Tuesday, 16 April 2019 @ 18:59
Spring Has Sprung!
With Spring now well and truly under way and the weather warming up nicely now is the time for anglers to target the fish of the Spring and that is specimen carp and tench.
This month I'll let you in on 5 top tips and tricks to help catching those big fish.
Tip 1 - Bank gear
Most anglers worth there salt will have rods and reels suitable to deal with a hooked carp or tench but a lot still do not have the basic gear when it comes to landing specimen sized fish and especially dealing with the fish on the bank and need to be unhooked. Please make sure you have a big enough landing net. I always have two set up, one is a deep pan net on a long handle that is actually designed for barbel as the net I use for smaller species such as tench, bream and carp up to double figures. I then have my big 42" carp net set up as well just waiting for 'that' fish. Have a good padded unhooking mat and use it. Even experienced anglers can drop a good sized fish that is really wriggling but if you're using an unhooking mat it will be protected. Always have a set of forceps on hand in case the hook proves a little more tricky to remove.
Little and Large - the two landing nets I have set up when targeting carp
Whenever I'm targeting specimen sized fish I have my large padded unhooking mat and weighsling waiting! (notice my forceps clipped to the corner of the mat)
Tip 2 - Location, Location, Location
As always in fishing location is perhaps the most important aspect of the whole thing, you cant catch the fish if they are not there.
Its always a bit of a problem on the park that for most resident anglers apart from the open access lakes available such as Canada, Bream and Perch Lakes the location of swims is limited by the location of your holiday home or touring caravan. Make sure that you fully explore the contours of your swim with a marker float or perhaps more hi-tech with an echo sounder such as the new 'Deeper Pro' castable sounder. The water clarity at the moment is extreme which means that in daylight particularly with bank side activity the fish will stay away out in the lake so you may need to cast a bit. Look for underwater features such as bars or silty areas, but don't totally ignore the margins especially if you intend to fish in darkness.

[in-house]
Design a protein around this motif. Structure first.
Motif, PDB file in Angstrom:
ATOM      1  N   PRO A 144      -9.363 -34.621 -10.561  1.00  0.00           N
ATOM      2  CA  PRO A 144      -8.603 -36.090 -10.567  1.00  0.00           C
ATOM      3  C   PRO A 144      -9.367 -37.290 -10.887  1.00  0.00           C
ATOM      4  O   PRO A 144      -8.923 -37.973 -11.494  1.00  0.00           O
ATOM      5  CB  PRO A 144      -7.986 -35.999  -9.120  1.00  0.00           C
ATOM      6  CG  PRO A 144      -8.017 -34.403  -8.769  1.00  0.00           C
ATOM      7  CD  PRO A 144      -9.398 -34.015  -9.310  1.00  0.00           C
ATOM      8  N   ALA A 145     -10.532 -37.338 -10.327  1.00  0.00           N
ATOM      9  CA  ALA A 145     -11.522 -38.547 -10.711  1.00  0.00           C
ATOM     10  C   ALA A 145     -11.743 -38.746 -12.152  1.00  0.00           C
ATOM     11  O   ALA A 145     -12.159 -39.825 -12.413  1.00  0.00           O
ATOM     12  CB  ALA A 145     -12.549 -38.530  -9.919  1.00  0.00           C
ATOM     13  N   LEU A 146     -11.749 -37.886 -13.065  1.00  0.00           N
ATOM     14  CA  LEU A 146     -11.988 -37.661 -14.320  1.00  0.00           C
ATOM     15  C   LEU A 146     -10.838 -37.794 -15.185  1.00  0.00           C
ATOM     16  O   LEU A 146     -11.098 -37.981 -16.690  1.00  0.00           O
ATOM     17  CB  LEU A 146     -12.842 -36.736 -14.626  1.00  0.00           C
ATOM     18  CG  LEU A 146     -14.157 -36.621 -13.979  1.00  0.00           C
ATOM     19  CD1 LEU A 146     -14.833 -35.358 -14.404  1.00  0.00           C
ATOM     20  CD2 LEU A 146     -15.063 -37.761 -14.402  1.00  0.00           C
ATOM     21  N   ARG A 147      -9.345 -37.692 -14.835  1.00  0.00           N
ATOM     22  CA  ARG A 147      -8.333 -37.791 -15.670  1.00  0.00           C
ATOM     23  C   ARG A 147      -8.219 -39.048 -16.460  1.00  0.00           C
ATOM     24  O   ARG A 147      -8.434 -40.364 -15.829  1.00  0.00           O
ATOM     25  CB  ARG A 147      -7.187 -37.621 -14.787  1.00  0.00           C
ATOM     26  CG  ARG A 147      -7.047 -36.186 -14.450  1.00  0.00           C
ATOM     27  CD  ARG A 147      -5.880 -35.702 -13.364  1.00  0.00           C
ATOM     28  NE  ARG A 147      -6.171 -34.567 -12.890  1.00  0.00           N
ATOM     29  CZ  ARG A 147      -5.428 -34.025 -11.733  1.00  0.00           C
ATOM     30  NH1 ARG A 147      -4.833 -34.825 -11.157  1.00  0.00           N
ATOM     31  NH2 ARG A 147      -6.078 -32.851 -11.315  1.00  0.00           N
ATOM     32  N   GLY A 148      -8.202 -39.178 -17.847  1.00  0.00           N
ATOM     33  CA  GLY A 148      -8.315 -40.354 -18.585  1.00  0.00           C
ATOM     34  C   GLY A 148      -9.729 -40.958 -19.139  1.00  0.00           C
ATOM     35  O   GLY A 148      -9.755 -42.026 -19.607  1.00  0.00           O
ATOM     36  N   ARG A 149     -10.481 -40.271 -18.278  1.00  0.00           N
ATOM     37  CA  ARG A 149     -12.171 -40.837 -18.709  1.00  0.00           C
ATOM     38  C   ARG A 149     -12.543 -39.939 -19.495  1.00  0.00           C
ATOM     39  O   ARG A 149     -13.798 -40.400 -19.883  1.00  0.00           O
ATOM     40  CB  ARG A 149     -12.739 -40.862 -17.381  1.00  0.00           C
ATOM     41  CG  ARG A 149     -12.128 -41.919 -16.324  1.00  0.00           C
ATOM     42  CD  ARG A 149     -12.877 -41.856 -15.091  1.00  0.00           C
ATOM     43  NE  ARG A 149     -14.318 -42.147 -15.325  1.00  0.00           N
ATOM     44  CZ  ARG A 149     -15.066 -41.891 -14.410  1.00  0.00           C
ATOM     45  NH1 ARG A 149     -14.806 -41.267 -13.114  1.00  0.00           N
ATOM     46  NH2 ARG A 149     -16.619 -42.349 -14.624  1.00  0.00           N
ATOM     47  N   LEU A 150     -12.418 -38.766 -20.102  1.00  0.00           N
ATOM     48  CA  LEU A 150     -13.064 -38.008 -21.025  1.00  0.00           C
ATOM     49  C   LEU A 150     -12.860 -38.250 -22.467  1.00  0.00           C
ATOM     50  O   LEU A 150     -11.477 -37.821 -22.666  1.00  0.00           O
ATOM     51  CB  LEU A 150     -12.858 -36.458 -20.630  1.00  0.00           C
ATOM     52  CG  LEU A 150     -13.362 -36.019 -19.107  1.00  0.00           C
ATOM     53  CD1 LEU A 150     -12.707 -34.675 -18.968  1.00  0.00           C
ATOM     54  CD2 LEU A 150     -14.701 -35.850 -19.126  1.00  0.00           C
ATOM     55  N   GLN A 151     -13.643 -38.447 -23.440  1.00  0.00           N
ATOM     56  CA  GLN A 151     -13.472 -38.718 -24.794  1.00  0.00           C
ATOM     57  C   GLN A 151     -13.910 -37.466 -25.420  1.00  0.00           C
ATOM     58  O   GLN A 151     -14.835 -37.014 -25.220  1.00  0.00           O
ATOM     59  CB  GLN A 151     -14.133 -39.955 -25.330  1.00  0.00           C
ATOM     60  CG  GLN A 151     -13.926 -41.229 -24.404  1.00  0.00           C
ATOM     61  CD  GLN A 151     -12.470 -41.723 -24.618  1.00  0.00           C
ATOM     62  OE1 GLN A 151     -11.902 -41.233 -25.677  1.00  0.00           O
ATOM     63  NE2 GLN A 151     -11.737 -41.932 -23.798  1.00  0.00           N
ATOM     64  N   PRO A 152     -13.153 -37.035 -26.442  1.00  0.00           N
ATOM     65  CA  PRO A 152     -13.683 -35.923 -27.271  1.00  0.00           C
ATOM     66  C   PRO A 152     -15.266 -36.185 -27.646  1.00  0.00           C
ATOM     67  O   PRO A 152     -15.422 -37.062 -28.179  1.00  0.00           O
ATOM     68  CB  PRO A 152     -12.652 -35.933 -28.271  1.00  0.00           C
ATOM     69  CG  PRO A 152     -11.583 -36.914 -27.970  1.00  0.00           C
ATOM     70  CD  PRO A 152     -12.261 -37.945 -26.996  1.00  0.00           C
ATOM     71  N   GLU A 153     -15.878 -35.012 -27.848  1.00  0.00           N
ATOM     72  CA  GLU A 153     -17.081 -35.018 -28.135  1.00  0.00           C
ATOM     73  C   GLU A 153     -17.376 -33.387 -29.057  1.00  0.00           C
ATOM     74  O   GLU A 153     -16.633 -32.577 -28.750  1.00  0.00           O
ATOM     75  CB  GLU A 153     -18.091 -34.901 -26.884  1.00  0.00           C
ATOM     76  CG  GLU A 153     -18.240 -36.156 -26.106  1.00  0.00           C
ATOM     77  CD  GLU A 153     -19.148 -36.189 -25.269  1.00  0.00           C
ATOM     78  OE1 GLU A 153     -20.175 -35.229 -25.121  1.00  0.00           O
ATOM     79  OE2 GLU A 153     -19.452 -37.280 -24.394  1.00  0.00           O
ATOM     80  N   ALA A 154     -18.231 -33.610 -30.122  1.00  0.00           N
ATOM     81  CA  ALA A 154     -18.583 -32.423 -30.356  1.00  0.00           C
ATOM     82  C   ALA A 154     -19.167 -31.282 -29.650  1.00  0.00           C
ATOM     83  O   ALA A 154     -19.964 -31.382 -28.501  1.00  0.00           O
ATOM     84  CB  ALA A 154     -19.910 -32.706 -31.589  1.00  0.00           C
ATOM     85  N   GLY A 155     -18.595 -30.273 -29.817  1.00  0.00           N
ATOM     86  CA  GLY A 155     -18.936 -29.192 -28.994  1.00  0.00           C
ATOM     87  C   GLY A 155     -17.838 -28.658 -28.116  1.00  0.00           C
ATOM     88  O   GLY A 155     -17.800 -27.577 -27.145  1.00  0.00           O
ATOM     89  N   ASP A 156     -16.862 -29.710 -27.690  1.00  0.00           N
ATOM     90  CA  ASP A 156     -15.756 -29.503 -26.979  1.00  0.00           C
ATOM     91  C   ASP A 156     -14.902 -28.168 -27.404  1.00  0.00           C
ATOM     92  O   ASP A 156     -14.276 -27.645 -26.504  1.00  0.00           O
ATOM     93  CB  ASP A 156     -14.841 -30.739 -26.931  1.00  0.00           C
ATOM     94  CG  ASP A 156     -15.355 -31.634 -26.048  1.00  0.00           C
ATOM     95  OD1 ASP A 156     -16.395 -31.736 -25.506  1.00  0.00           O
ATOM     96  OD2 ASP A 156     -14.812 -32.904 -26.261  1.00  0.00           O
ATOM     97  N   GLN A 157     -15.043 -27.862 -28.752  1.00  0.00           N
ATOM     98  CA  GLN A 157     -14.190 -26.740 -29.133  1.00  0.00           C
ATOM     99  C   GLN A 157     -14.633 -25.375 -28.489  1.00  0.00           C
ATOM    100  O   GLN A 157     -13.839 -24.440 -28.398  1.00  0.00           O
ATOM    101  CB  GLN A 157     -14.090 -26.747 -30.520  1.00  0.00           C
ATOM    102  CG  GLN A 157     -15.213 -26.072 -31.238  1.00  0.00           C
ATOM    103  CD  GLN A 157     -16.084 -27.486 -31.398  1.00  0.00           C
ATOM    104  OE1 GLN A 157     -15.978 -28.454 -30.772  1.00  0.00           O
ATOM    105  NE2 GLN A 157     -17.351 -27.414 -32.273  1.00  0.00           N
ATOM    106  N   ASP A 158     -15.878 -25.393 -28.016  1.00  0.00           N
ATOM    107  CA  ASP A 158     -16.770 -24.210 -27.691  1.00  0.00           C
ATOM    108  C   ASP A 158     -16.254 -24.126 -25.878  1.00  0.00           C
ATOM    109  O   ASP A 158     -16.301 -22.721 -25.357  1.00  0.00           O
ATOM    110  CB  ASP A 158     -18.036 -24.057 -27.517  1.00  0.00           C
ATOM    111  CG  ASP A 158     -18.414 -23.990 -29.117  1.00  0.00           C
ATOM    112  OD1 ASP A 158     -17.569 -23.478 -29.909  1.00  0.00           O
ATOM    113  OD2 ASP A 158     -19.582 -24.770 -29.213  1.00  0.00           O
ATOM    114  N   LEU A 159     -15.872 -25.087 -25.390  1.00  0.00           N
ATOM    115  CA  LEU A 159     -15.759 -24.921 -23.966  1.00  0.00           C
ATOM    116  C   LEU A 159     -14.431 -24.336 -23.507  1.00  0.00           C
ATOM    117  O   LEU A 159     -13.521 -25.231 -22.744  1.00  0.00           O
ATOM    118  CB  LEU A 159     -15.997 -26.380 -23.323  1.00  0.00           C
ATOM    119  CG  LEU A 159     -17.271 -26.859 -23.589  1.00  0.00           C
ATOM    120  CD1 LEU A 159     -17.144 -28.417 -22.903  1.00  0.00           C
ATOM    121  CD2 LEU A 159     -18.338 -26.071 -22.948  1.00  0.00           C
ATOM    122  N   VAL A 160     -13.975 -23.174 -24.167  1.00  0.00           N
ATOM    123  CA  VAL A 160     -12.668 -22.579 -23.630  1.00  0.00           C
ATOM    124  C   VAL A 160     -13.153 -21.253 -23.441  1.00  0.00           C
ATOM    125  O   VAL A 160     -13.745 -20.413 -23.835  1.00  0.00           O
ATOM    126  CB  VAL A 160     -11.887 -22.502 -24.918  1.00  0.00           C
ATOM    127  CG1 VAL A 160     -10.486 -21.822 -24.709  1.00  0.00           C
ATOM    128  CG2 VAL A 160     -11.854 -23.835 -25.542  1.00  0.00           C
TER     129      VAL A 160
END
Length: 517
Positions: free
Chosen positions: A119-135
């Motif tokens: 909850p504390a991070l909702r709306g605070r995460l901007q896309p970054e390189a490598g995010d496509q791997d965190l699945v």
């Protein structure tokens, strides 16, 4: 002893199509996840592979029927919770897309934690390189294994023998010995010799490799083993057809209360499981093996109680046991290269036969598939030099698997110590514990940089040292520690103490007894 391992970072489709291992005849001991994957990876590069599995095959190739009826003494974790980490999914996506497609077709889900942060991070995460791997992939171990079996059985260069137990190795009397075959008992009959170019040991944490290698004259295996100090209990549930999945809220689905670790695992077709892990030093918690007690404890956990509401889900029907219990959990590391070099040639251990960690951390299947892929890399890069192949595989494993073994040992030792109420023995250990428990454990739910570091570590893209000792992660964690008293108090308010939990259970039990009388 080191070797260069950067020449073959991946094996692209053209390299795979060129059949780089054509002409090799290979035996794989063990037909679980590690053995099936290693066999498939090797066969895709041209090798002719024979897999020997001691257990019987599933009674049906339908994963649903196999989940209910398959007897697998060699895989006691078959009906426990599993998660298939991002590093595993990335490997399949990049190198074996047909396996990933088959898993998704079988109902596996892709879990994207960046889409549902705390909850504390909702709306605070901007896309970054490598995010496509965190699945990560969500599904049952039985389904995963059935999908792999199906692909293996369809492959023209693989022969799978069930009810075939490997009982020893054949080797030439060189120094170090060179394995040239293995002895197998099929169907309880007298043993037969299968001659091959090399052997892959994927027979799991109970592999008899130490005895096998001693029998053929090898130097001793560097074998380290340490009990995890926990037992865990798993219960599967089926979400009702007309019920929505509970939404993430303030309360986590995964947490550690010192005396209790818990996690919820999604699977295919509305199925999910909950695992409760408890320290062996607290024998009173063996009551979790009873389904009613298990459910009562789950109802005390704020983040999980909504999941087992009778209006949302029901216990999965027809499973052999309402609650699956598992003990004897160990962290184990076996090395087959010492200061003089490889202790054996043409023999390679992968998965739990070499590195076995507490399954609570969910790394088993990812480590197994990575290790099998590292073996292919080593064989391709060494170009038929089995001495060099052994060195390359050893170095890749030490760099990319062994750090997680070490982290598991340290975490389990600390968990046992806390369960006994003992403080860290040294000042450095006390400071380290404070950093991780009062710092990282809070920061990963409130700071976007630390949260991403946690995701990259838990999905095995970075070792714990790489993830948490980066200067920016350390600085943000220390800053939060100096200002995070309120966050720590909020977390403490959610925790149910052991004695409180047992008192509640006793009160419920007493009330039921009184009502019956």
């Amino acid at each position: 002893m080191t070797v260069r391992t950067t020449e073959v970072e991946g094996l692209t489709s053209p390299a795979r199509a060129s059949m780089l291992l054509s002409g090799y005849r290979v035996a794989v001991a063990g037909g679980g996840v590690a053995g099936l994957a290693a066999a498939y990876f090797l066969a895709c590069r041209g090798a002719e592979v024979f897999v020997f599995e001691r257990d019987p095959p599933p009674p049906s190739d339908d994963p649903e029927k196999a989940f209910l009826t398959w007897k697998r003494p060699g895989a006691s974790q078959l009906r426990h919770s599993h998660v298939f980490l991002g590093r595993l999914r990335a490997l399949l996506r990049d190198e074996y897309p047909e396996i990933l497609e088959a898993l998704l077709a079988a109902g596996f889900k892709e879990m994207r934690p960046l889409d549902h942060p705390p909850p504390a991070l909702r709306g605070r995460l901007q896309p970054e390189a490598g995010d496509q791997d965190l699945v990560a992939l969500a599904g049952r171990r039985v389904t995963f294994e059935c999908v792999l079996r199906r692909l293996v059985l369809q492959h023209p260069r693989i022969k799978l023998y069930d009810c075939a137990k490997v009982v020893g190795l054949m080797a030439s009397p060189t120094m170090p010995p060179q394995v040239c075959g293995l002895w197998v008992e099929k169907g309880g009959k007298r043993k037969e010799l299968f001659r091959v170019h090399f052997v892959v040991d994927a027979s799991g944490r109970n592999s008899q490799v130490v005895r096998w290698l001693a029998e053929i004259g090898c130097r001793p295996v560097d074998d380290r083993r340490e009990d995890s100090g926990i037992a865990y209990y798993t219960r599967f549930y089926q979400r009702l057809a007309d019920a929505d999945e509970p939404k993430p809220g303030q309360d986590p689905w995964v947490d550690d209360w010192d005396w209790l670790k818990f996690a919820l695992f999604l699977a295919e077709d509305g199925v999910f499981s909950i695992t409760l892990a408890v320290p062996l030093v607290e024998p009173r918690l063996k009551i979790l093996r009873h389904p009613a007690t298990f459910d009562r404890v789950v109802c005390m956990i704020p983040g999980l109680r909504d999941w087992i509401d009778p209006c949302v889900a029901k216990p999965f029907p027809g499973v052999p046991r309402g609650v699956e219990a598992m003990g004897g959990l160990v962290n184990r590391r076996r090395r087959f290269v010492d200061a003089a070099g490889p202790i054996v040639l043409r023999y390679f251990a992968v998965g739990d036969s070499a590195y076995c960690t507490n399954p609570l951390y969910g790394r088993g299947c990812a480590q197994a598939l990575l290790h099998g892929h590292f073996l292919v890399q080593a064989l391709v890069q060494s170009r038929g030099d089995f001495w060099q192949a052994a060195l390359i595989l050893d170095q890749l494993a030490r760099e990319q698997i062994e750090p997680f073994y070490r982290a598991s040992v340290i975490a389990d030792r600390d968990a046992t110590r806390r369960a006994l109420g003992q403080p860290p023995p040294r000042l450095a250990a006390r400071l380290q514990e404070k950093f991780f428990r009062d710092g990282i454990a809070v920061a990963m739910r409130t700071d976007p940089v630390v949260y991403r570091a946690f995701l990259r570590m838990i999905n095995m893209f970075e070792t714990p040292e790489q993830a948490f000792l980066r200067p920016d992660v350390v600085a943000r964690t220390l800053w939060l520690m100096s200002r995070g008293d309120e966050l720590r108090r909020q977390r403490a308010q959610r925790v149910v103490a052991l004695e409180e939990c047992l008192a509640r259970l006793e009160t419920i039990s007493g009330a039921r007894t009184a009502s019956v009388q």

Get your location right and you to could catch a '30' like Andy Bray with this April Teal Lake mirror
Tip 3 - Put Some Bait In
With the weather really warming up now, especially with the great weather forecast for the Easter holidays now is the time that the carp and tench with get there heads down and that means putting in some bait. My spod mix is loosely the same for both species with a few tweeks for each. My mix is based on particles and pellets with my 50/50 hemp - pigeon conditioner mix as the basis, then a good helping of mixed size and varieties of pellets, sweetcorn and for tench several pints of dead maggots and for carp a good amount chopped boilies.
In either of the mixes I've mentioned I will dampen it all down with a good glug of hemp oil that doesn't thicken up even with the water temperature being lower than in the height of the summer. This gives off a good slick that I believe can pull fish down to my baited area.
Don't go mad 7 or so spombs full is enough to start with topping up as the session progresses. Follow the old adage - you can always put more in but you cant take it out!
The contents of my 'spod' bucket
Although I mention this mix as my 'spod' mix - for years now I have used a Spomb to get my bait out to the swim no matter how far out that is. To cast out a fully loaded spomb you will need proper gear. I use a 12' 6" distance spod rod, big pit reel loaded with 20lb braid and a heavy shock leader. A 'large' spomb fully loaded with mix weighs over 6oz so to cast this out more than 30 - 40m you do need 'proper' spodding gear.
My 'Spomb' gear to put out a good bed of bait (notice the yellow tapered shock leader)
Tip 4 - Carp Rigs
My carp fishing at this time of year revolves around three main rigs - one that I have explained a couple of times recently in my blogs and that is the solid PVA set up using an in-line lead, short braided hooklink and particularly a highly flavoured neutral buoyancy or 'wafter' boilie bait.